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  • 5 Post By Dan Case

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  #1 (permalink)  
Old 01-26-2022, 08:06 PM
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Default Original comp cars steering arms

Did the original comp cars have to have the steering arms bent for wheel tire clearance. Or was it something they had to do when the reproduction FIA wheels started to get made in 7 1/2 inch. Did they need to get bent with the original 6 1/2 inch wide mag wheels?
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Old 01-27-2022, 04:36 AM
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Yes. The wider the front wheels got, the further the bending had to be. 427 Cobra competition chassis started off with curved steering arms like Cobra racers had been using but it was not enough for 7.5 inches wide so more bend was added for subsequent 427 Cobra street cars.

If you look under a stock Cobra with original 6.0 inches wide wire wheels there is not a lot of clearance between tie rod ends and rims. The cars were designed for 5.5 inch wide steel wheels.

The first magnesium front sprint car design race wheels provided by Ted Halibrand were just 6.0 inches wide. I have never gotten to see how they fit relative to steering arms on cam and follower or rack and pinion steering cars.

The adoption of 6.5 inches wide front magnesium wheels was an interference problem. The wall section widths of cast magnesium wheels are much thicker that the wall sections of stock steel wheels. That increase in wall thickness alone would create a problem. (Note: There was not just one version of six spoke 6.5 inches wide front race wheel. There were several casting patterns and several ways they were machined including how they were machined for brake caliper clearance. I test fit five different versions of original 1963-65 six spoke 6.5 inches wide wheels I borrowed from various Cobras one Saturday morning. My surprises included the offset changed between versions and the amount of space provided for brake calipers changed also. Offset to the outside kept getting greater and space for brake calipers increased. How much? I never mocked up an exact number but front wheels CSX2009 raced on decades ago will not clear the street brake calipers for CSX2165 onward street cars. It looked like roughly half an inch or more would have to be found somehow to clear the street brake caliper. The last pattern made for 6.5 inches COBRA wheels and the way they were machined allowed them to clear any of the street or race brake calipers Shelby American ever used. (Decades ago I got the idea to have one of every version of magnesium wheel used on Cobras to mount on a wall. Once I figured out how many different castings that was I dropped the thought.)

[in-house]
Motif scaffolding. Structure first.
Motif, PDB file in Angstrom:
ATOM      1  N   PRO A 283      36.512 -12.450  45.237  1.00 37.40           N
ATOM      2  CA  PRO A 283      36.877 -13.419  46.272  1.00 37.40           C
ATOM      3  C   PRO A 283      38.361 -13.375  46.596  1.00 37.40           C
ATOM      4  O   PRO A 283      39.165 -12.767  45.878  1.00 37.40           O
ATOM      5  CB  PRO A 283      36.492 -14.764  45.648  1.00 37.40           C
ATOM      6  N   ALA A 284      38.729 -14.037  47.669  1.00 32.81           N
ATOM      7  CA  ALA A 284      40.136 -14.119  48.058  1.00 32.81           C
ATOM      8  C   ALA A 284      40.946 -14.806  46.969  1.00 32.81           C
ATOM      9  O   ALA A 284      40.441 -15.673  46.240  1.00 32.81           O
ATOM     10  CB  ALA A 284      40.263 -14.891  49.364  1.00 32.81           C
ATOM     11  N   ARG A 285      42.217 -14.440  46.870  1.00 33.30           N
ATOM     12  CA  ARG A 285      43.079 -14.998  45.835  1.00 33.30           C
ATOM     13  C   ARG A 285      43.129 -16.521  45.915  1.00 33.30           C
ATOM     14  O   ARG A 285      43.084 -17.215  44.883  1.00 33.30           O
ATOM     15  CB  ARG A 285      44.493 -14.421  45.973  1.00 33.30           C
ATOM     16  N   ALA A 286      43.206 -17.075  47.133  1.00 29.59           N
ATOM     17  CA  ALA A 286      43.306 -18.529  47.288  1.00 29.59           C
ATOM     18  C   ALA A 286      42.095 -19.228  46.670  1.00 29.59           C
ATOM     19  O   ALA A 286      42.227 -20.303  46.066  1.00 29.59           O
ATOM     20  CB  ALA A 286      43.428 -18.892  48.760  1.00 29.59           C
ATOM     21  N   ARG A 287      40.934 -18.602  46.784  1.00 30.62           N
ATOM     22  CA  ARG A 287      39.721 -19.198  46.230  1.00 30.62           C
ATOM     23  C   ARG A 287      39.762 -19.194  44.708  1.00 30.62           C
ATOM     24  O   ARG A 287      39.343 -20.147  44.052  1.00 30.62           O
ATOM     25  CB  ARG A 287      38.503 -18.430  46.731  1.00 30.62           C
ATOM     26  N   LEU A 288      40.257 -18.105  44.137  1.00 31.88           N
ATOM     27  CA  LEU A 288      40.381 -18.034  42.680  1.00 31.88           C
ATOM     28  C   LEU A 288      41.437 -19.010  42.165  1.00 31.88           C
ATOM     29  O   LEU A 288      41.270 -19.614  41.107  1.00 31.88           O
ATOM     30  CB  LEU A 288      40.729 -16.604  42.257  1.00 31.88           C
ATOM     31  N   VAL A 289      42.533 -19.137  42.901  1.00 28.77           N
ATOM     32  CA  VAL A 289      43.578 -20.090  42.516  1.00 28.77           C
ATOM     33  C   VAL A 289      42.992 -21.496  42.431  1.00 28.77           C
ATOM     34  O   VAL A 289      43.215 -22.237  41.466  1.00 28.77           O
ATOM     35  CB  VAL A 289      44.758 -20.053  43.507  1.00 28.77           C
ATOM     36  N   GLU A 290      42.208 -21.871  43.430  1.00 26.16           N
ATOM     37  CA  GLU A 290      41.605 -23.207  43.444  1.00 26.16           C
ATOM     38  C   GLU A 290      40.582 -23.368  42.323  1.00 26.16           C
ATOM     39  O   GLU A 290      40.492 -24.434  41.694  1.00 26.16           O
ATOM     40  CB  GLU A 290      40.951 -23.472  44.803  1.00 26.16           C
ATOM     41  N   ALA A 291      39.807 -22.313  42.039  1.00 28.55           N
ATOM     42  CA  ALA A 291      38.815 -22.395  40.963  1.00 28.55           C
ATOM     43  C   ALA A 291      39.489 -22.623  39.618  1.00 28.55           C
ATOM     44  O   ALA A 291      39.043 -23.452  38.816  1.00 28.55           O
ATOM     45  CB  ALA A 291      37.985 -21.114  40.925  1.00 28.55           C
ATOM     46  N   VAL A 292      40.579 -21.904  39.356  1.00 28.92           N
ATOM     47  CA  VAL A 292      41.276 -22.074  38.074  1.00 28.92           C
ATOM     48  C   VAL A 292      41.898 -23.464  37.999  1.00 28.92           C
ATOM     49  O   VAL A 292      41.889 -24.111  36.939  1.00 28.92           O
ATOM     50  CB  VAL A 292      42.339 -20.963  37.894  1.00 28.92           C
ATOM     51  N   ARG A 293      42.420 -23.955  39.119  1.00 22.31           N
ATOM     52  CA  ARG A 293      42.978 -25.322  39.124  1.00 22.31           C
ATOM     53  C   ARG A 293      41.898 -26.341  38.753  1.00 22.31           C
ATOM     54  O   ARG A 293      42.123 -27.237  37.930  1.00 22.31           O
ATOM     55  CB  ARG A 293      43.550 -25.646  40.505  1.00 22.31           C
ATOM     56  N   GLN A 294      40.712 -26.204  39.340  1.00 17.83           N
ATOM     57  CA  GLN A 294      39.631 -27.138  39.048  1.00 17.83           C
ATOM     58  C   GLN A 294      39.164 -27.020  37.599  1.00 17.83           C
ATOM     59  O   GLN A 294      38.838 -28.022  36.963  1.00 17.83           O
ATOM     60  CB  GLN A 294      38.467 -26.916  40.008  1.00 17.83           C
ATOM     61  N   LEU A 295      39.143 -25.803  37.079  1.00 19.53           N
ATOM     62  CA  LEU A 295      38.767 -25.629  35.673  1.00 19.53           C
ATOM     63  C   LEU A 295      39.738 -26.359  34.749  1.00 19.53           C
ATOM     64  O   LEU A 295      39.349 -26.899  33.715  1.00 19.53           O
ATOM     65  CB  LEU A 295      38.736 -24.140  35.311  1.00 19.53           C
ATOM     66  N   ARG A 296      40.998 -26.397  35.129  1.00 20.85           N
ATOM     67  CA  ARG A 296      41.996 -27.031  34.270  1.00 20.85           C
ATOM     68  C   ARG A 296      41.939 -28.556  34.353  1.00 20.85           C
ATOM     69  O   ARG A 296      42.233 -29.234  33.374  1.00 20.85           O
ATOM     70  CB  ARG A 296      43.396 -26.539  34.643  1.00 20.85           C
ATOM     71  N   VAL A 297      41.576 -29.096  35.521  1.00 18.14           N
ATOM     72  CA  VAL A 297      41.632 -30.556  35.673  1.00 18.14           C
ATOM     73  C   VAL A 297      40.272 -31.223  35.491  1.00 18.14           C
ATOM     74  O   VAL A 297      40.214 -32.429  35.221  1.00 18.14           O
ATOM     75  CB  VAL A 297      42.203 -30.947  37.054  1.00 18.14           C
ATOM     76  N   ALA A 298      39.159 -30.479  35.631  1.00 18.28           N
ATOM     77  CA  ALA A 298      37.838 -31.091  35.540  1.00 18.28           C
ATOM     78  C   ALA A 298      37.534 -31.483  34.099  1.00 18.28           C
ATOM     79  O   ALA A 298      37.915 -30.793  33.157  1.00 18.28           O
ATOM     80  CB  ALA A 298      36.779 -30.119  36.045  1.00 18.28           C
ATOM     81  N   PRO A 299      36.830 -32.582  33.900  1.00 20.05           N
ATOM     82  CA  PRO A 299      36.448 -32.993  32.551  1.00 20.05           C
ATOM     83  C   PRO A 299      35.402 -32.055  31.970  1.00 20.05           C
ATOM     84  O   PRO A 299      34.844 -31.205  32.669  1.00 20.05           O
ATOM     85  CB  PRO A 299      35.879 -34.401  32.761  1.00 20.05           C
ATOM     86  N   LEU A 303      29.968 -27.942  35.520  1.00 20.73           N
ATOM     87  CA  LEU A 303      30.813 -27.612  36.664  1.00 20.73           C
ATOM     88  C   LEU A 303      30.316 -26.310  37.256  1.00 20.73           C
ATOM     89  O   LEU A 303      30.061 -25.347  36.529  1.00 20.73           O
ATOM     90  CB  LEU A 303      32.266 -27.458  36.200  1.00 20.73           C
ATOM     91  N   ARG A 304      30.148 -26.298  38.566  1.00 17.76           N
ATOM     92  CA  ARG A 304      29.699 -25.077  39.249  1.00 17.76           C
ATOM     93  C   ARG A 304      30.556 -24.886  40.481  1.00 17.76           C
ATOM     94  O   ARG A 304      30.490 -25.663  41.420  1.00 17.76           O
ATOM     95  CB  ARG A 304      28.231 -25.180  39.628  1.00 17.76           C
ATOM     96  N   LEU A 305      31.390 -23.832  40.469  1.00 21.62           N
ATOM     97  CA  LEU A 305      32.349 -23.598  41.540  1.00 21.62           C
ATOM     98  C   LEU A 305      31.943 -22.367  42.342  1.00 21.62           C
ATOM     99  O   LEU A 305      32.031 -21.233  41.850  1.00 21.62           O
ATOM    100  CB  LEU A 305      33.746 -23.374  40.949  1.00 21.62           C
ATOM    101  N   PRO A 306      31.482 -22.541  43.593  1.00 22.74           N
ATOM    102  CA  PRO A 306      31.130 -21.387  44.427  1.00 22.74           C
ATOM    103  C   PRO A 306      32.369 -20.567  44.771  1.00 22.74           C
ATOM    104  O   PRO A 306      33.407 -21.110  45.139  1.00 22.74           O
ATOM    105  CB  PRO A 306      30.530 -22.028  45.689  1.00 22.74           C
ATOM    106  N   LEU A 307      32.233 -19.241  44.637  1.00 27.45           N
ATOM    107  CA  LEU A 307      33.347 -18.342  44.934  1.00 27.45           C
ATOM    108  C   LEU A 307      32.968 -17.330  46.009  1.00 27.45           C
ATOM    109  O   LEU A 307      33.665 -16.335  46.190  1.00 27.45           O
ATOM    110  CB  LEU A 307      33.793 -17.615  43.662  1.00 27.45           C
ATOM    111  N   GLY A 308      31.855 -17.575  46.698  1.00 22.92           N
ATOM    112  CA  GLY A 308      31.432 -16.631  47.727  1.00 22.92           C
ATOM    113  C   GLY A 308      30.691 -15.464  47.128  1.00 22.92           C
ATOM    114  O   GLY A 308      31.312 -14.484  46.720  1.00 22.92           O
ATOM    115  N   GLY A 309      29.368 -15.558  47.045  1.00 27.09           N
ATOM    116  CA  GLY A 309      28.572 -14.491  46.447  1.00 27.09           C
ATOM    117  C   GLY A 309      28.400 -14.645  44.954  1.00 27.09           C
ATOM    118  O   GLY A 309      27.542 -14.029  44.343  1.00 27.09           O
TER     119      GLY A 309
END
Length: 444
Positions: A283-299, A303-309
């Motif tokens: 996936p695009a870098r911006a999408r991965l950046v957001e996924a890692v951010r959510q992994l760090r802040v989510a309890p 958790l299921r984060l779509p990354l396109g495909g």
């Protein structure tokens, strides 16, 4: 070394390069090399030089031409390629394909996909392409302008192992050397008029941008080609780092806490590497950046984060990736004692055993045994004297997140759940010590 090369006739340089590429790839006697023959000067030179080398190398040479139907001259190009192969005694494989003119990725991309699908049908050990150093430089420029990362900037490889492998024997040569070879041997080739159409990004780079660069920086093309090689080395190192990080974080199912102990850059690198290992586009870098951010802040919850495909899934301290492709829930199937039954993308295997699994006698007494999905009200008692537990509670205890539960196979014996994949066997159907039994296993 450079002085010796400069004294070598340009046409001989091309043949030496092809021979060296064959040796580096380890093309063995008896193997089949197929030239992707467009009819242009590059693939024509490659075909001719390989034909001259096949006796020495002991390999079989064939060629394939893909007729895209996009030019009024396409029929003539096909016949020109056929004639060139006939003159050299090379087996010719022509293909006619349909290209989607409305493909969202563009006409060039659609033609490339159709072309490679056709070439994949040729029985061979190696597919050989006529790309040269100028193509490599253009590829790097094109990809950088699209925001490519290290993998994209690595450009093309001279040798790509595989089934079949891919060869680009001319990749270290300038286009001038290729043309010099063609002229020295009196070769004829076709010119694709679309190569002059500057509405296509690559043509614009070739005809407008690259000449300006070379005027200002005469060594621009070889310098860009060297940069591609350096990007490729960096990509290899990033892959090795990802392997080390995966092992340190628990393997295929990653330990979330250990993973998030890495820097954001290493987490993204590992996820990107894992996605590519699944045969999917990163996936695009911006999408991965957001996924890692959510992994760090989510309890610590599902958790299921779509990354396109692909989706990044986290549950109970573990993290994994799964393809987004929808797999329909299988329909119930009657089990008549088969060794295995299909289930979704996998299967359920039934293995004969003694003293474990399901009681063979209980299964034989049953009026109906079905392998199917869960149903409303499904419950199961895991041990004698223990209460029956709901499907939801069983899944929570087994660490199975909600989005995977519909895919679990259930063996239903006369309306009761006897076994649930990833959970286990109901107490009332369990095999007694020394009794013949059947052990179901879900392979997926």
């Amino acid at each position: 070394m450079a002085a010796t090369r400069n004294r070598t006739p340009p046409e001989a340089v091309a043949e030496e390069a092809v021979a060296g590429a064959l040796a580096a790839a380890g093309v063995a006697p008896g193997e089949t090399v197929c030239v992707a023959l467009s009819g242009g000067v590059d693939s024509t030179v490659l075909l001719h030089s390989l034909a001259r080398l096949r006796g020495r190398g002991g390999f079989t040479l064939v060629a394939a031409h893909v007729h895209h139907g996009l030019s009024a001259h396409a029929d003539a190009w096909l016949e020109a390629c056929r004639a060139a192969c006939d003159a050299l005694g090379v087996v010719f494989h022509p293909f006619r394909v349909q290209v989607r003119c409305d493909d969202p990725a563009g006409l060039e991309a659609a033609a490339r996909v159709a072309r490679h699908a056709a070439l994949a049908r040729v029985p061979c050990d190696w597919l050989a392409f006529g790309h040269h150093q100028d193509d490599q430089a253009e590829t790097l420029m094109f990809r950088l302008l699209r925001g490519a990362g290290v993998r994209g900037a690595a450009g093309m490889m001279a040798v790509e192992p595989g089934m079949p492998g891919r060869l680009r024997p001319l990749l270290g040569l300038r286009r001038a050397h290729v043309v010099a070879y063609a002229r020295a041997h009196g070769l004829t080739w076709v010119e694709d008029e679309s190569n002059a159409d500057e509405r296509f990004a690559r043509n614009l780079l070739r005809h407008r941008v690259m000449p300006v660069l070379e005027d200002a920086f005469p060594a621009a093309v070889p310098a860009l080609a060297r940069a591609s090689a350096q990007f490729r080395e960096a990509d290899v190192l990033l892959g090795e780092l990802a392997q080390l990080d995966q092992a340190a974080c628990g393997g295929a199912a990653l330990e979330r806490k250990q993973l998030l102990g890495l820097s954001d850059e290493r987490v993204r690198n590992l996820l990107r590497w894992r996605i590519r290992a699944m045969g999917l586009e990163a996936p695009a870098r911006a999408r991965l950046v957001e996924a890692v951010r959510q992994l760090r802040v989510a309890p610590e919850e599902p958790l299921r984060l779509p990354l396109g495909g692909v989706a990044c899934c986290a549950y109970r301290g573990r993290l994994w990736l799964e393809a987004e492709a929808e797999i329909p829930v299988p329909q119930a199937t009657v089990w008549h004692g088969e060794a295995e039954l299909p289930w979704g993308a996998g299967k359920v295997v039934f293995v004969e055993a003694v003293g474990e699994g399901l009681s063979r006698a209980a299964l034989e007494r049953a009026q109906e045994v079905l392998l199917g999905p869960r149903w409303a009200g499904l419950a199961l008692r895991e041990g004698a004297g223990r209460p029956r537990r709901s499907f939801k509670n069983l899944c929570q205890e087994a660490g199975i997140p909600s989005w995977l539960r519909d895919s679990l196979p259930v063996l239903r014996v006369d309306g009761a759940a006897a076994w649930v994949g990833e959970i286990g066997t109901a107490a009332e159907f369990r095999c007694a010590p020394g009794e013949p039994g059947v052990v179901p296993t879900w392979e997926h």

I never found enough pictures to do a race Cobra illustration slide but I did one for 427 Cobras that illustrates the problem. 427 Cobra racers started off designed for left over 1965 versions of the COBRA six spoke wheel from Halibrand. (Somebody in The Shelby American Automobile Club started calling them "FIA" wheels but to Shelby American they were just "race" wheels and they were used on Cobras and 427 Cobras in all kinds of racing. Ted Halibrand named them COBRA wheels in drawings and mold patterns.)

Shown on the CSX30xx car below are the tie rod end dust boots for both sides physically rubbing the backs of 7.5 inches COBRA II wheels. The CSX30xx cars were designed with the previous 6.5 inches wide front wheels in mind and some early racers and at least one CSX31xx street car got 6.5 inches wide COBRA front wheels. Once the 427 Cobra plan changed to 7.5 inches wide front wheels A.C. Cars made increased bends in steering arms.

It is my belief, I cannot prove it, that Shelby American originally dealt with the clearance problem themselves. Early chassis were all made as street cars to which changes were made to go racing. At some point new chassis were made to order as race chassis, allowing some things to be done by A.C. Cars. I have no idea what chassis first came from England with slightly curved steering arms but the CSX213x car photographed for an update of Cobra racing specifications registrations had them based on the pictures taken of the brand new chassis at the time. Those early racers had shallow gentle bends in steering arms.
1985 CCX, LMH, MAStuart and 2 others like this.
Dan Case
1964 Cobra owner since 1983, Cobra crazy since I saw my first one in the mid 1960s in Huntsville, AL.

Last edited by Dan Case; 01-27-2022 at 06:32 AM.. Reason: add material
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